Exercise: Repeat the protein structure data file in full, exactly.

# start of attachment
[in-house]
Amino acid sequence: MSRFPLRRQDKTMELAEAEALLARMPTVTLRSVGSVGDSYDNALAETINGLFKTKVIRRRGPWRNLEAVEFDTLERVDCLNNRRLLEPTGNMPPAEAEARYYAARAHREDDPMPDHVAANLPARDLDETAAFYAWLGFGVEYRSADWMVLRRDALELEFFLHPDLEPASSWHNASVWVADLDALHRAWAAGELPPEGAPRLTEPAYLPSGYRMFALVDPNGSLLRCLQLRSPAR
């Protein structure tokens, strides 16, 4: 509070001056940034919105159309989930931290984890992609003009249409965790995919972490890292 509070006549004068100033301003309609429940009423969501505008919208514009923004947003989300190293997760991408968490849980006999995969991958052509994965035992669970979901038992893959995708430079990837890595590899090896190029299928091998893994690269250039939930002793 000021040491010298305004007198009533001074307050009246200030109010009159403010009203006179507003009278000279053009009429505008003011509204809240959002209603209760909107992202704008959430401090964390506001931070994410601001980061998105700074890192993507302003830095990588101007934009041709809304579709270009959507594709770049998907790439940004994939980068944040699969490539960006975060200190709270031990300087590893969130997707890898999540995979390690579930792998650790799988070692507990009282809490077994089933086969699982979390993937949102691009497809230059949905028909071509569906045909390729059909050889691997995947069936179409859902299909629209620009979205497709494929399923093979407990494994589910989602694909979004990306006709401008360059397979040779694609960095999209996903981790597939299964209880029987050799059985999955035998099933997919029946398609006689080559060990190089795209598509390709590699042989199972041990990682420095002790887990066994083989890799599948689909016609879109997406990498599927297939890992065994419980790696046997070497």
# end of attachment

[in-house]
Amino acid sequence: MSRFPLRRQDKTMELAEAEALLARMPTVTLRSVGSVGDSYDNALAETINGLFKTKVIRRRGPWRNLEAVEFDTLERVDCLNNRRLLEPTGNMPPAEAEARYYAARAHREDDPMPDHVAANLPARDLDETAAFYAWLGFGVEYRSADWMVLRRDALELEFFLHPDLEPASSWHNASVWVADLDALHRAWAAGELPPEGAPRLTEPAYLPSGYRMFALVDPNGSLLRCLQLRSPAR
């Protein structure tokens, strides 16, 4: 509070001056940034919105159309989930931290984890992609003009249409965790995919972490890292 509070006549004068100033301003309609429940009423969501505008919208514009923004947003989300190293997760991408968490849980006999995969991958052509994965035992669970979901038992893959995708430079990837890595590899090896190029299928091998893994690269250039939930002793 000021040491010298305004007198009533001074307050009246200030109010009159403010009203006179507003009278000279053009009429505008003011509204809240959002209603209760909107992202704008959430401090964390506001931070994410601001980061998105700074890192993507302003830095990588101007934009041709809304579709270009959507594709770049998907790439940004994939980068944040699969490539960006975060200190709270031990300087590893969130997707890898999540995979390690579930792998650790799988070692507990009282809490077994089933086969699982979390993937949102691009497809230059949905028909071509569906045909390729059909050889691997995947069936179409859902299909629209620009979205497709494929399923093979407990494994589910989602694909979004990306006709401008360059397979040779694609960095999209996903981790597939299964209880029987050799059985999955035998099933997919029946398609006689080559060990190089795209598509390709590699042989199972041990990682420095002790887990066994083989890799599948689909016609879109997406990498599927297939890992065994419980790696046997070497």